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What is a content hub?

Learn the essential facts about content hubs for editors and marketers.

While omnichannel, customer journeys, and headless CMS continue to grow in popularity, the world of digital experiences needs a term designating how to properly treat the cornerstone of all your offerings—your priceless content.

When there are multiple channels, like websites, apps, IoT, digital signage, wearables, and AR, and there are multiple marketing and communication teams spread across different functions, markets, and geographies, you need one common place to create, draft, edit, store, publish, distribute, and maintain content. Enter the content hub.

Learn how you can future-proof your CMS:

Guide: How to Future Proof Your Digital Experiences

Content hub explained

A content hub is the central source for all your various content, helping marketers to create, edit, and distribute content to any required channel for maximal effect.

This concept describes the fundamental structure and habitat of your content in an age where channel neutrality and platform agnosticism are dominant features. The purpose is to remove traditional silos and gather all your content in one place, before coupling it with a platform that can distribute the content to any preferred channel.

Just like a hub is the central part of a wheel, a content hub is the central part of an organisation’s content operations—making it easier to reuse content across different channels and make use of synergies between traditionally separated teams, technologies, and processes.

See also: How to maximise the output of your CMS »

ContentOps: retain full control of your content

A content hub is closely aligned with the content production principle of content operations, ContentOps. This principle integrates people, process, and technology in order to realise more efficient and painless content production: deciding roles and who does what, how they do it, and with what tools.

As a means to align these three important factors, a content hub can organise people into roles and groups with different user rights, make the content available to each stage of a production process—including workshops, schedules, scripts, production, reviews, publishing, and maintenance—and ready the content for distribution through an API.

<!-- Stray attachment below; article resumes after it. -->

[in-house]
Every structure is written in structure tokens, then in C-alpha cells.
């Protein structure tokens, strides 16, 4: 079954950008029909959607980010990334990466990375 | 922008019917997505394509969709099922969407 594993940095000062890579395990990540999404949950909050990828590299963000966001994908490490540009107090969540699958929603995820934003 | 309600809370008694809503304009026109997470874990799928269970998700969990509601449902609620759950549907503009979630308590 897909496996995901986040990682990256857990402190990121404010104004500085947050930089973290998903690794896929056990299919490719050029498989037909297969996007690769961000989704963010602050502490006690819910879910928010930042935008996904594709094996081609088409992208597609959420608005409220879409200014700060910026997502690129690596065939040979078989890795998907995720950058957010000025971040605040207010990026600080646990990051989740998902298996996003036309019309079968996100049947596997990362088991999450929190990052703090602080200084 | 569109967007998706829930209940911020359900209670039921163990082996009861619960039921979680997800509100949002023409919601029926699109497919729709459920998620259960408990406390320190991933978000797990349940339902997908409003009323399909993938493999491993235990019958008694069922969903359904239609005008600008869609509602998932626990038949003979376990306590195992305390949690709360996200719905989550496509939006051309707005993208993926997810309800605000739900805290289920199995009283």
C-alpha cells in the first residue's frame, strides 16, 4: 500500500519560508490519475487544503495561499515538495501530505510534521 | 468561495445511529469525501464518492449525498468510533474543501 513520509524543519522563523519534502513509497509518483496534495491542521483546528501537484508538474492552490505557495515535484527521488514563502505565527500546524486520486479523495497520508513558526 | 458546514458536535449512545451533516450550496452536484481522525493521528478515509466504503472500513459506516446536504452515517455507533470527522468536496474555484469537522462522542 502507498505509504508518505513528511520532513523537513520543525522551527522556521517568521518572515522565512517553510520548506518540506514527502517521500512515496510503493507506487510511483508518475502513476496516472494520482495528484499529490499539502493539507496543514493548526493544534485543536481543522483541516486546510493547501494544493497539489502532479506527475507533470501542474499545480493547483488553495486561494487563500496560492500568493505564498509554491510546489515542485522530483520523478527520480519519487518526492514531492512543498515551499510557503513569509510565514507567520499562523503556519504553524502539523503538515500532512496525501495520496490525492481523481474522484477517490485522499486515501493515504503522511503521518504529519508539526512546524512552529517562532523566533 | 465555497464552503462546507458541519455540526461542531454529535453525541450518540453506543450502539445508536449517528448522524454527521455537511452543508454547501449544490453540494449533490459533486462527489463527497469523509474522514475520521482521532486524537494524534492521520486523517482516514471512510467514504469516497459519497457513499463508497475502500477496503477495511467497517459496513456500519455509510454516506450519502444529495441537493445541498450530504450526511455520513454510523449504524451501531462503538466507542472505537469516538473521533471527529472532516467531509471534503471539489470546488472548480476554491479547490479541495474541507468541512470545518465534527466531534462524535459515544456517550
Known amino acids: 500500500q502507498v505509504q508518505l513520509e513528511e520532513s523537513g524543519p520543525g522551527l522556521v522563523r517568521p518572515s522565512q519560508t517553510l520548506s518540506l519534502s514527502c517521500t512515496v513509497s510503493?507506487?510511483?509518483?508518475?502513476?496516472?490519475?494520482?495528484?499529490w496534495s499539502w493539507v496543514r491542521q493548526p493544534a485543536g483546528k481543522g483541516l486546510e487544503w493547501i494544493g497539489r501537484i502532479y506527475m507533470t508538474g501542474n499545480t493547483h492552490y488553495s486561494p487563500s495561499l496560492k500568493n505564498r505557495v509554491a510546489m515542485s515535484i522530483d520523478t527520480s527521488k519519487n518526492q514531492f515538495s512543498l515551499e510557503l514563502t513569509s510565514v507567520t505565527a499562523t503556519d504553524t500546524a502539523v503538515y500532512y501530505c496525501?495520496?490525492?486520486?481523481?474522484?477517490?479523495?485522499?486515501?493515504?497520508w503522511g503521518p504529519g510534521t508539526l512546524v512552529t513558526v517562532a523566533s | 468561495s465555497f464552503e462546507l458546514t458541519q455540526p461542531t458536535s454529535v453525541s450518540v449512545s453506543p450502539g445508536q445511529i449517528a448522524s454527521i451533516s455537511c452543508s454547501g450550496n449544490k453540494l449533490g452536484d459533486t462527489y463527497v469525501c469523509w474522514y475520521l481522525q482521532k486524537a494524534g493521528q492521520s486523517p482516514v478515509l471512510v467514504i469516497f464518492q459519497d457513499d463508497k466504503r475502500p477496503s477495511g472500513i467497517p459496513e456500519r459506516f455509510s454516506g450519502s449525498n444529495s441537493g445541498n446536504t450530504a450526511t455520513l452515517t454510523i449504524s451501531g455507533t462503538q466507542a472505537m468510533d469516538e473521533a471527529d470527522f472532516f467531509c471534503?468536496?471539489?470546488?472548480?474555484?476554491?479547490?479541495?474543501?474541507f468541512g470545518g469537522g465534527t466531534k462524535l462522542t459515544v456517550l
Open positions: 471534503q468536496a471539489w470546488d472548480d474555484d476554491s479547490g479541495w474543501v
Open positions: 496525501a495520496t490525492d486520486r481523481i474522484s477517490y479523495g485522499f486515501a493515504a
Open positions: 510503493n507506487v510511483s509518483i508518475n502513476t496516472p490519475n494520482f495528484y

And best of all: a content platform allows you to retain full editorial control of your content by having one single source of authority. This applies to all the different phases involving multiple stakeholders like editors, subject matter experts, and publishers—processes like planning, creating, and distributing—and technologies like CRM, office suite, creative software, CMS, marketing automation, and email.

Read more: How to excel at content operations »

Avoiding multiple solutions

Being both a central source and a single source of authority in your organisation, a content hub might relieve you of the need to have an excessive amount of systems to create, present, and optimise your content in different channels.

With a content hub, there’s no longer any need for five different systems to manage content in e.g. a traditional website, a blog, an intranet, a self-service solution, and an app. While you still may need to integrate with other marketing tools like an office suite or marketing automation, a content hub can replace the traditional content silos of yore.

Instead of content management system multiplicity, you can have one solution and reuse content across channels via APIs. A truly great content hub can even let you handle and edit rich media files, like images. A single and central content source can therefore save both time and resources.

Suitable technology for content hubs

A content hub is not a specific service, platform, or software in itself, but describes any technological offering that belongs under the concept by the merit of its attributes.

Any system capable of creating content, preparing channel-agnostic content (i.e. structured content), managing user rights and permissions, and delivering content to any channel, can therefore be labeled as a content hub.

A natural specimen is, of course, the headless CMS. But many headless content management systems lack the support for websites, previewing, URL management, and so on. This is why a hybrid CMS might be the most natural expression of a true content hub. But, as always, it depends on your requirements.

Don’t miss: How to maintain and update your existing web content »

Other uses of “content hub”

If this article has made you confused, don’t worry. There is another widespread use of the concept of “content hub” that might be what you have been looking for. Marketing guru Neil Patel describes this other “content hub” as follows:

“A content hub is a destination where website visitors can find branded, curated, social media, user-generated, or any type of content related to a topic.”

A content hub can therefore also be a customisable media channel, like a blog, Pinterest, or RSS aggregators. In this context, a content hub is understood from a consumer perspective, while the article you’re reading right now has described a concept stemming from a producer perspective.

Guide: How to Future Proof Your Digital Experiences

content hub
customer journey
headless cms
content operations
hybrid cms